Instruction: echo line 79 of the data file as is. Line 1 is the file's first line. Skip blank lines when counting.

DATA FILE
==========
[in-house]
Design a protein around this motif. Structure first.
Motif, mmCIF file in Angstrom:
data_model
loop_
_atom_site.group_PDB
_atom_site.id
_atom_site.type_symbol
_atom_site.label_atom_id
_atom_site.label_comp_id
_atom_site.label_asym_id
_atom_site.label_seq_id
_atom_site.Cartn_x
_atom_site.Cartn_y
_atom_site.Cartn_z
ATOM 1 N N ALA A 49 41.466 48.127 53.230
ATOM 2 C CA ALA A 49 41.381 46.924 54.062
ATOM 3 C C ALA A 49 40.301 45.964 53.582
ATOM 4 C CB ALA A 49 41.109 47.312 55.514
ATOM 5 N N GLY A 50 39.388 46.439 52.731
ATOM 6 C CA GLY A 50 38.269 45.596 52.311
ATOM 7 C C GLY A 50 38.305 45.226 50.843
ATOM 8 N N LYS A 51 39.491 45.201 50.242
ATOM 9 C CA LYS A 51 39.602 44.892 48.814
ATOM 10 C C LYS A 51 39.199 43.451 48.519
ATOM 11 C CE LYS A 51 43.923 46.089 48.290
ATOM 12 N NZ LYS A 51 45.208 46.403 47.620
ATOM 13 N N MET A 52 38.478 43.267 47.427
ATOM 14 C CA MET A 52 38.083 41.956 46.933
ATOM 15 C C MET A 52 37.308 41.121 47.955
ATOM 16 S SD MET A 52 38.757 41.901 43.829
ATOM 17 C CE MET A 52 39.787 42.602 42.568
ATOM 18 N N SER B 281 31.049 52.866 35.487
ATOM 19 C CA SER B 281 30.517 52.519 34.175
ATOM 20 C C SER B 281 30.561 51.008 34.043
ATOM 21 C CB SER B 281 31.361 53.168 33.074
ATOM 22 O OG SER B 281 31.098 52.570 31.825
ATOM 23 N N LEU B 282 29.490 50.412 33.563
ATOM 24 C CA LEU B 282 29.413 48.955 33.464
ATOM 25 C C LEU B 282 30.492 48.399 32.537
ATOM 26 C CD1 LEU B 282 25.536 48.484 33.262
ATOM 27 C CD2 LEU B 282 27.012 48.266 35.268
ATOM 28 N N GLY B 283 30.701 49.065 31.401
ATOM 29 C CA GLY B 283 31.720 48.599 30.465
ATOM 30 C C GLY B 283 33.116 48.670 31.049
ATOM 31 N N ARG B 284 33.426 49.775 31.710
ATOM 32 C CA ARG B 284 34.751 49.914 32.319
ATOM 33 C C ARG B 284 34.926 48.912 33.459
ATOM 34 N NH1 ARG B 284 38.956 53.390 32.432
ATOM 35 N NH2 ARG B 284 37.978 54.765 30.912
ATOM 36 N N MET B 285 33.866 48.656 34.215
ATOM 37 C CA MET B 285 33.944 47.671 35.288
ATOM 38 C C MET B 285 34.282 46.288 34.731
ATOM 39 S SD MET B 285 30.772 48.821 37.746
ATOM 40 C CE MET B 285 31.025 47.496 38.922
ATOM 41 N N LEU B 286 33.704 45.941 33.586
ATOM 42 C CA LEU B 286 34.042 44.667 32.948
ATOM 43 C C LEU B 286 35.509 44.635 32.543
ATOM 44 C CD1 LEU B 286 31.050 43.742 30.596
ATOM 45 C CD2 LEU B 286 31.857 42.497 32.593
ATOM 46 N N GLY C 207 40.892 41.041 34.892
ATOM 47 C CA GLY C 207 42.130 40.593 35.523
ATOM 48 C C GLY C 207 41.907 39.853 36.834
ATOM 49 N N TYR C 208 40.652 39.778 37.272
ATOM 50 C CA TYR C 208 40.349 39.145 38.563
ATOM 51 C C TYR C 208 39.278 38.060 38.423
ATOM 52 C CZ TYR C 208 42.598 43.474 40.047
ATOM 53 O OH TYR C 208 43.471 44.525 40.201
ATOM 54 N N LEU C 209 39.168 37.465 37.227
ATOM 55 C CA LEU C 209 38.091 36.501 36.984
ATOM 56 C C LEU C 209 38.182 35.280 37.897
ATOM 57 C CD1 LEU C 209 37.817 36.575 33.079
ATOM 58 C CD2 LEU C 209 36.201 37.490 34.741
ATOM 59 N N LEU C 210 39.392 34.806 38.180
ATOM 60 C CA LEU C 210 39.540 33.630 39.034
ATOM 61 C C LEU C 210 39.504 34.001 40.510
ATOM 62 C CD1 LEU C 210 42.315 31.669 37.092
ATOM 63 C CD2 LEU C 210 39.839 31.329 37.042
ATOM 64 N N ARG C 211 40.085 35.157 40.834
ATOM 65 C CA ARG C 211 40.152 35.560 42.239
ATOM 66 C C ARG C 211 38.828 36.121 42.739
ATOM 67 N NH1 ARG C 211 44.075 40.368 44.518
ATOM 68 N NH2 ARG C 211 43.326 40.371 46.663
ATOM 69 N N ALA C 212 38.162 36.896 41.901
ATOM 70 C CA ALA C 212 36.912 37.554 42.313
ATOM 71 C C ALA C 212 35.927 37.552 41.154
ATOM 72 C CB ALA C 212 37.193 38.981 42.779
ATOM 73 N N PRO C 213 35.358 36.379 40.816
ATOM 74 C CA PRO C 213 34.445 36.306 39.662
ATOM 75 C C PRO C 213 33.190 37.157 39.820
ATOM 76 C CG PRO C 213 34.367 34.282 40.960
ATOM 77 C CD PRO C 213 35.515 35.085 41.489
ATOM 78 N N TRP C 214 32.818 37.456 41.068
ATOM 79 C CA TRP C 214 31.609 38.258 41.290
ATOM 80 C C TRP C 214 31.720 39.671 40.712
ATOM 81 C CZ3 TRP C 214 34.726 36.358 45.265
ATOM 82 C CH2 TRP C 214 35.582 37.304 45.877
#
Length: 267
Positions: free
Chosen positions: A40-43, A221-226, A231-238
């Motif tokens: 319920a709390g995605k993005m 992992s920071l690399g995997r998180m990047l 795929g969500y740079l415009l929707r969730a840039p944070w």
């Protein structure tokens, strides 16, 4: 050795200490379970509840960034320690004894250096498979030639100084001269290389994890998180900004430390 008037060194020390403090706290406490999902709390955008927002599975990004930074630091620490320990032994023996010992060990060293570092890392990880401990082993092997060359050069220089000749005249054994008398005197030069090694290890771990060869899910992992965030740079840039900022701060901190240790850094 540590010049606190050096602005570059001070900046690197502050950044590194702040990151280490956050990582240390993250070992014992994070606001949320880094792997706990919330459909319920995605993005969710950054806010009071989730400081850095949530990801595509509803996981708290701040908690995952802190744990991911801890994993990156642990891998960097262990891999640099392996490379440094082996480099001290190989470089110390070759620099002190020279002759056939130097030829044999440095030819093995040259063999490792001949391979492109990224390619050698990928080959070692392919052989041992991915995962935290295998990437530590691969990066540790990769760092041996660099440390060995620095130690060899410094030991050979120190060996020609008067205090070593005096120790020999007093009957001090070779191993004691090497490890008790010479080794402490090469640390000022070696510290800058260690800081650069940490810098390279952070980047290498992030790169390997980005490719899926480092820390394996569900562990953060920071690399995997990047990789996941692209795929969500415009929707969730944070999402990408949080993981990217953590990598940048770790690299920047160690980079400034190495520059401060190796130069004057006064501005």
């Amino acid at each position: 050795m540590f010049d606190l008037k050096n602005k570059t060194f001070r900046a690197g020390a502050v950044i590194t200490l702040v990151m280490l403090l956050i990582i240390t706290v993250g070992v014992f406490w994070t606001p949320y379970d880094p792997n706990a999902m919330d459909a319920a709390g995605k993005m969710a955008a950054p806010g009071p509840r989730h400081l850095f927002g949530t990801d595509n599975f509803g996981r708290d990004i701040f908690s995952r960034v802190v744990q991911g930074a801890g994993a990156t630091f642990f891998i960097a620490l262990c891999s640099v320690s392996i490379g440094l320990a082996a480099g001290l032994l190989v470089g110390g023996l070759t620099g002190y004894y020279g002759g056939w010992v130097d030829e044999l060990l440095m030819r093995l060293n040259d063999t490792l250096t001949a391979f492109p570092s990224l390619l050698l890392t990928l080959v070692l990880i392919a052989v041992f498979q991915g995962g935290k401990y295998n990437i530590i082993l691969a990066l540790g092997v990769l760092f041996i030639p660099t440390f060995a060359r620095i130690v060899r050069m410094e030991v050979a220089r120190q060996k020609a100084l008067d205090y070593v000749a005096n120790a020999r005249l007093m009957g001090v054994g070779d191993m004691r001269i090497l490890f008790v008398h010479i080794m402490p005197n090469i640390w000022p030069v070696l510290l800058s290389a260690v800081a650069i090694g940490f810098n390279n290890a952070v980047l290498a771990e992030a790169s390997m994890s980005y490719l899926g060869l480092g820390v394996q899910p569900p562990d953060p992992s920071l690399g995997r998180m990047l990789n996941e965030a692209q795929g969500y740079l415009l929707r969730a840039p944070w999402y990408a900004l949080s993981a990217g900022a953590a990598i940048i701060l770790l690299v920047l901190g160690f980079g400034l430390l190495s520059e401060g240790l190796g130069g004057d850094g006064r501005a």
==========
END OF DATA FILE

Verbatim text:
ATOM 64 N N ARG C 211 40.085 35.157 40.834